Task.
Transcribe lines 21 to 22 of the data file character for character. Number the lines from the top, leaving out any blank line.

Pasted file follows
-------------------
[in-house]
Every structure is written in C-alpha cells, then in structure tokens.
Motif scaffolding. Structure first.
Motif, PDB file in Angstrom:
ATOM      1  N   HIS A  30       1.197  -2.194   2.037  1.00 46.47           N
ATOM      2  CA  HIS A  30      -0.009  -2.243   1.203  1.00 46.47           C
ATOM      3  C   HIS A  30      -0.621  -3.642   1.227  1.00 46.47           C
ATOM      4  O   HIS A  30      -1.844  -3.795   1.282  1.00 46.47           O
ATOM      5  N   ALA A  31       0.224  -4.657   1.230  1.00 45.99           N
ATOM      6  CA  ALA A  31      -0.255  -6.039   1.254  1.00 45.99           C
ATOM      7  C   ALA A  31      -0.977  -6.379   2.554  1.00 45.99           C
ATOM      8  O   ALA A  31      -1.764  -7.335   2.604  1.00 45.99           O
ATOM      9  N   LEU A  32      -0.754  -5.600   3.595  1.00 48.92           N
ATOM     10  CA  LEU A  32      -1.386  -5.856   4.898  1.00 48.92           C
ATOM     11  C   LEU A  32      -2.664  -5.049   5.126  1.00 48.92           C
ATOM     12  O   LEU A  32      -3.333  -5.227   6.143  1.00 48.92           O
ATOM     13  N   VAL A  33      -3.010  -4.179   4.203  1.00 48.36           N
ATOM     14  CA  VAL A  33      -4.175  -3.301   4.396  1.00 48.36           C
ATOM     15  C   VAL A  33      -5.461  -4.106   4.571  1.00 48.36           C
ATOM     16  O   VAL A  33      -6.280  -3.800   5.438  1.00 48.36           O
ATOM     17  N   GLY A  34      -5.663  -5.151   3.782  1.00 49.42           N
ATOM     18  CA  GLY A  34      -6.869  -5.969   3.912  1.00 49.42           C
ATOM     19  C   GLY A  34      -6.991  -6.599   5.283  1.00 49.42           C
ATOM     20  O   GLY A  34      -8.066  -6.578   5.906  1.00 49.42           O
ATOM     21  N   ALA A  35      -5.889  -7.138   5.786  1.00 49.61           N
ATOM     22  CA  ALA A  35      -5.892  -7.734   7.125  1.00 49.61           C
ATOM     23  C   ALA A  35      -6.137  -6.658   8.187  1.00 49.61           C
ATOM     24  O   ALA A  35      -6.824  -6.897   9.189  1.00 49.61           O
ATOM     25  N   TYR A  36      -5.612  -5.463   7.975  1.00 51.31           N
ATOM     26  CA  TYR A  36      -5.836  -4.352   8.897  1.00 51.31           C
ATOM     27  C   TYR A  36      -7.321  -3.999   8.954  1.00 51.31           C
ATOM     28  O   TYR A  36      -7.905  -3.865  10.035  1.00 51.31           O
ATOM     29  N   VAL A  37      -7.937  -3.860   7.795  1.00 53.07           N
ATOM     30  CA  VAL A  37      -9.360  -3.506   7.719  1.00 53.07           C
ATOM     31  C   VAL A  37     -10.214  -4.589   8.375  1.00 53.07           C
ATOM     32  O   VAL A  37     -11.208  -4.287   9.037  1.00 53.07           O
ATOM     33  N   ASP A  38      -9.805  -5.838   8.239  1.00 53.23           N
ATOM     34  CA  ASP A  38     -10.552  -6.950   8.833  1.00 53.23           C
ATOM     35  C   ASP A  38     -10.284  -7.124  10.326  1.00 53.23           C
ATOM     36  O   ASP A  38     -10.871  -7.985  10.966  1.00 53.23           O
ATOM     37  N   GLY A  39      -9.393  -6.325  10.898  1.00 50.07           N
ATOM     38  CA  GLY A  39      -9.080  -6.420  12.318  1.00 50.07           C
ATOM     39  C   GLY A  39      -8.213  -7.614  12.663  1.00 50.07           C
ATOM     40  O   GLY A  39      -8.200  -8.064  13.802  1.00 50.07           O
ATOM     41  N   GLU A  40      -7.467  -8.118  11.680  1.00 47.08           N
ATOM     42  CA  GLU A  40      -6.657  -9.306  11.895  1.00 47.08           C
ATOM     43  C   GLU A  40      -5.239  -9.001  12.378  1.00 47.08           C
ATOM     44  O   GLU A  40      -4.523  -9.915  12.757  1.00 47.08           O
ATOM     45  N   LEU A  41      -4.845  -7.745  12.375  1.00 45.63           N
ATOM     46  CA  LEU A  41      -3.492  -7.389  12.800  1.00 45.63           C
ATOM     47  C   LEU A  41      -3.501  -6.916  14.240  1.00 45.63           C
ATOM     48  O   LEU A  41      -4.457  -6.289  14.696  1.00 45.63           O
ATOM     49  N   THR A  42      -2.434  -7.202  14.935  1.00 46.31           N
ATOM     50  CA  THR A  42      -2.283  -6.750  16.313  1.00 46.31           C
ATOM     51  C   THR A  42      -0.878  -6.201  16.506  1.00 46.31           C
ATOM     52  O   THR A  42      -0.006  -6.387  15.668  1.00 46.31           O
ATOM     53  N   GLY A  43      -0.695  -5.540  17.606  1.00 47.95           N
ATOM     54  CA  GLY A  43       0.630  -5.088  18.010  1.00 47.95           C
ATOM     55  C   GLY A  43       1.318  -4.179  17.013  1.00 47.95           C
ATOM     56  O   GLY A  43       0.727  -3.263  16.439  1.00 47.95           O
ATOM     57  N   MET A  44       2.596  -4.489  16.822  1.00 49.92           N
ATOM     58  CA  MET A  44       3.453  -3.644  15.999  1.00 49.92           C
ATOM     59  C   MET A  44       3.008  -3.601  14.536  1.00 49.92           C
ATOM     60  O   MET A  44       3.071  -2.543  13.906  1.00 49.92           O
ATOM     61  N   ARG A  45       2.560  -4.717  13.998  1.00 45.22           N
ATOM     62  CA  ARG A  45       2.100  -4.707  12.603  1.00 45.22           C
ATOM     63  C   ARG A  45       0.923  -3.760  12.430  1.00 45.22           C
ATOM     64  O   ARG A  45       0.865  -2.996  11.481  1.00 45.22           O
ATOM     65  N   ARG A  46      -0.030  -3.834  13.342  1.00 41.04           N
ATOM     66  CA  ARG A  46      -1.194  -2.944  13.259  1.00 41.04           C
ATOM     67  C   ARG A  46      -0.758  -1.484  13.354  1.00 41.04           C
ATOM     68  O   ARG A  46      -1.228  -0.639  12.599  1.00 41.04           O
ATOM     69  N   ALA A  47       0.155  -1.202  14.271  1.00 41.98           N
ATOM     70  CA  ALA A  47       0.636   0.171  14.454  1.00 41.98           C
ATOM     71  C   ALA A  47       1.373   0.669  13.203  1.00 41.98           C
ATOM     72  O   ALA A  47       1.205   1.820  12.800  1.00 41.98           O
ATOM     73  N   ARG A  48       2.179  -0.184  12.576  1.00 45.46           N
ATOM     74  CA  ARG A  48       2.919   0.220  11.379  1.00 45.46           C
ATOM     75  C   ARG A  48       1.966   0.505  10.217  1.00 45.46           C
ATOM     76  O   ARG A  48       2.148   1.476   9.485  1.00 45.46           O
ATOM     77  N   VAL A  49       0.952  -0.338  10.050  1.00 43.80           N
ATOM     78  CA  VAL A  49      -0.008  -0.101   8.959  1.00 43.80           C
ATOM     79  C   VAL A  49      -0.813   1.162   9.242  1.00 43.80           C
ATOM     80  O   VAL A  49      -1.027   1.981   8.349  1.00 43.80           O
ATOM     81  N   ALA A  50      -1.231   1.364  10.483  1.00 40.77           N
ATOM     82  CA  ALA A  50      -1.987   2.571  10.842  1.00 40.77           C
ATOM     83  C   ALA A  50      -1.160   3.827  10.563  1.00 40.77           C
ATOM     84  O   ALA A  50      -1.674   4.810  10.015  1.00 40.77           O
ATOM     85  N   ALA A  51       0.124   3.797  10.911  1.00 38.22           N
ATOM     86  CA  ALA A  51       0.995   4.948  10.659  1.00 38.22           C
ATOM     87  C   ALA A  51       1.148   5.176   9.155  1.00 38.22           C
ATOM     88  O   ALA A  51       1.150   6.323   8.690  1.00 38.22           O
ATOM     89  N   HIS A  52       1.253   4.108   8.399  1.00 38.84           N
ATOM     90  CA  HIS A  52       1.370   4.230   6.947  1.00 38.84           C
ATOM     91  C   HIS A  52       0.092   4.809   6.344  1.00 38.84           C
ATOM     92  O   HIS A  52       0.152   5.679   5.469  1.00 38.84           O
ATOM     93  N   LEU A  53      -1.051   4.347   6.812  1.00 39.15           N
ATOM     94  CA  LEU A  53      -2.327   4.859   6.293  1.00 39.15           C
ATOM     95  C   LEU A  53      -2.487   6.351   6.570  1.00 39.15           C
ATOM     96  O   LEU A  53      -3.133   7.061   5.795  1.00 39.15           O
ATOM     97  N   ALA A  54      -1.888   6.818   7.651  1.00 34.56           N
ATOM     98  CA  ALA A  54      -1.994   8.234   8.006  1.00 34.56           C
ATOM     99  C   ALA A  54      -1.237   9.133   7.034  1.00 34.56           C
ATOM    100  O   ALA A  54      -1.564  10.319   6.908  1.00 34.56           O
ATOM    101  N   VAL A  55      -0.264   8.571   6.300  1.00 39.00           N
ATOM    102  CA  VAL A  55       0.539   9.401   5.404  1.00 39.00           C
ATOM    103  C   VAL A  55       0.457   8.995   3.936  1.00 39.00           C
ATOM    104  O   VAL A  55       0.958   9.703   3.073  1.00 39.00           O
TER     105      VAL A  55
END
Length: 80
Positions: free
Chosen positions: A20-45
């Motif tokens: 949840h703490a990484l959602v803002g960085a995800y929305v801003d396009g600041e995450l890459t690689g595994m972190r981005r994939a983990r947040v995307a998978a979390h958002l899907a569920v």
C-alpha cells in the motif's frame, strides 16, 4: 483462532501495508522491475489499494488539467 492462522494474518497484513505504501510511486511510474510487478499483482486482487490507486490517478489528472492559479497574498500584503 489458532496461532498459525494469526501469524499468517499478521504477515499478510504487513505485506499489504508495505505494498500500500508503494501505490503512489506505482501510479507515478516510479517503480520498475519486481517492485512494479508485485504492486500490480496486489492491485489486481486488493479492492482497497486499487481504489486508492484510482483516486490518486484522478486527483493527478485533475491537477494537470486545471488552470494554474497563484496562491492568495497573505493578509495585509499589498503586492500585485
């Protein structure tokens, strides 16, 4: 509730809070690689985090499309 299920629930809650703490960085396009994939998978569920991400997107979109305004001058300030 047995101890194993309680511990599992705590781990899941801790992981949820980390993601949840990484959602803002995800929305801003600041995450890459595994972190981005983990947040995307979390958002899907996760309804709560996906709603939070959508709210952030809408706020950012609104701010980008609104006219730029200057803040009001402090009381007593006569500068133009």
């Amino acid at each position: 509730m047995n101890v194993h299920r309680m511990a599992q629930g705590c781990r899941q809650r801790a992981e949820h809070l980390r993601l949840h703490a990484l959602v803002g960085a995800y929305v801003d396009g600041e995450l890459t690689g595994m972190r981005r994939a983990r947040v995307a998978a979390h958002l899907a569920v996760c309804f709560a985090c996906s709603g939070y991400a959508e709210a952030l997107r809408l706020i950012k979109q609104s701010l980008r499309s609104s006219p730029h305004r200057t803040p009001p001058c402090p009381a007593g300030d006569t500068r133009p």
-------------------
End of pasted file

ATOM     17  N   GLY A  34      -5.663  -5.151   3.782  1.00 49.42           N
ATOM     18  CA  GLY A  34      -6.869  -5.969   3.912  1.00 49.42           C